Legislation to make certain electric vehicles exempt from Fringe Benefits Tax (FBT) has now been enacted into law.
Certain zero or low emission vehicles, provided as a car benefit on or after 1 July 2022, can be exempt from FBT.
For this exemption to apply, various criteria needs to be satisfied.
The car needs to have been both held and used for the first time by the employer on or after 1 July 2022 and it cannot have been subject to the luxury car tax when it was purchased.
For the 2023 income year, to qualify for this exemption, the car needs to cost less than the luxury car tax threshold for fuel efficient vehicles of $84,916.
A vehicle is a zero or low emissions vehicle if it meets both of these conditions:
– It is either a battery electric vehicle, hydrogen fuel cell electric vehicle or plug-in hybrid electric vehicle.
– It is designed to carry a load of less than 1 tonne and fewer than 9 people, including the driver.
Motorcycles and scooters are not cars for FBT purposes and do not qualify for the exemption, even if they are electric.
Please note that in relation to plug-in hybrid electric vehicles, there is a specific limitation on the FBT exemption. From 1 April 2025, a plug-in hybrid electric vehicle will not be considered a zero or low emissions vehicle under FBT law.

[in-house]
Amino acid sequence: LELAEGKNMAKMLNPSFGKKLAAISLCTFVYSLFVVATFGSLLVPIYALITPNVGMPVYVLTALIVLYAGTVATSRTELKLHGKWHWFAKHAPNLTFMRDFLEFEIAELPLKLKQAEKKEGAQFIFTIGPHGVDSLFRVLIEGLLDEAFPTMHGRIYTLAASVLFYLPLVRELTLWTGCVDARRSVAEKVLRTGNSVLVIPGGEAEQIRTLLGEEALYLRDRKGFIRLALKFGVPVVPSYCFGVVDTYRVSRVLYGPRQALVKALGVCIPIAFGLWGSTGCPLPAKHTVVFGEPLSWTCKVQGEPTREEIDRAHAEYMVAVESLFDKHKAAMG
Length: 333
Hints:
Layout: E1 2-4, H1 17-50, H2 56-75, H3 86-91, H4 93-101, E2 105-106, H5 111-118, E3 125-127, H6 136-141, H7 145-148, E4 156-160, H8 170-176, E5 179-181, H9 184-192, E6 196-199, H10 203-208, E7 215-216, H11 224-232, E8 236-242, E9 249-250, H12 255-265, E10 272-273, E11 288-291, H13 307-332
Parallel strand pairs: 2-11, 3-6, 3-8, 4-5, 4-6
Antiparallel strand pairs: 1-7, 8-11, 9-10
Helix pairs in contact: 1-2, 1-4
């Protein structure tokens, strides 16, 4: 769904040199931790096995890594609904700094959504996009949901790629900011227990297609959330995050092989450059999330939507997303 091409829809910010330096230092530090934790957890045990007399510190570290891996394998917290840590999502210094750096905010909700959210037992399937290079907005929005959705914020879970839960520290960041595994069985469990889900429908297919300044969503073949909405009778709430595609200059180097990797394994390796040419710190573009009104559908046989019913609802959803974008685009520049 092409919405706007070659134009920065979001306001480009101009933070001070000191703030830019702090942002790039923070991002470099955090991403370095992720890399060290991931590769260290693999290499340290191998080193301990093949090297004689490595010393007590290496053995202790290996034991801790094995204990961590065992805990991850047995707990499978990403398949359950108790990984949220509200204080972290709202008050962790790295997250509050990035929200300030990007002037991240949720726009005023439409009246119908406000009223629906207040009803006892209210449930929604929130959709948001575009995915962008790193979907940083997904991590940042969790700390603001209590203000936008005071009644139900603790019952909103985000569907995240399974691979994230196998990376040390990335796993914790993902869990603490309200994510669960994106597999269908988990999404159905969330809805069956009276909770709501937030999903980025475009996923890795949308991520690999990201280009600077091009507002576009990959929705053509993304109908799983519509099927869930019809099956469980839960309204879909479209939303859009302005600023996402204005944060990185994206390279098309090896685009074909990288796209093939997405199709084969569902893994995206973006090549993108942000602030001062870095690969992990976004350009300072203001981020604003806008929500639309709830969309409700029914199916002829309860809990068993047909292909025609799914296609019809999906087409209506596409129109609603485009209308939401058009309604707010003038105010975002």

There are special provisions allowing the exemption to continue when a plug-in vehicle was provided as an exempt benefit under an agreement entered into before 1 April 2025 that continues after this date.
Although the private use of an eligible electric car is exempt from FBT, an employer still needs to include the notional value of the benefit when working out whether an employee has a reportable fringe benefits amount (RFBA). An employee has an RFBA if the total taxable value of the certain fringe benefits provided to them (or their associate) is more than $2,000 in an FBT year. The RFBA must be reported through Single Touch Payroll or on the employee’s payment summary.
The amount of an RFBA reported for an employee is not added to an employee’s taxable income for determining income tax and Medicare Levy liabilities. However, it is added to an employee’s taxable income for calculating the Medicare Levy Surcharge liability, and is included in income tests for family assistance, child support assessments, and some other government benefits and obligations.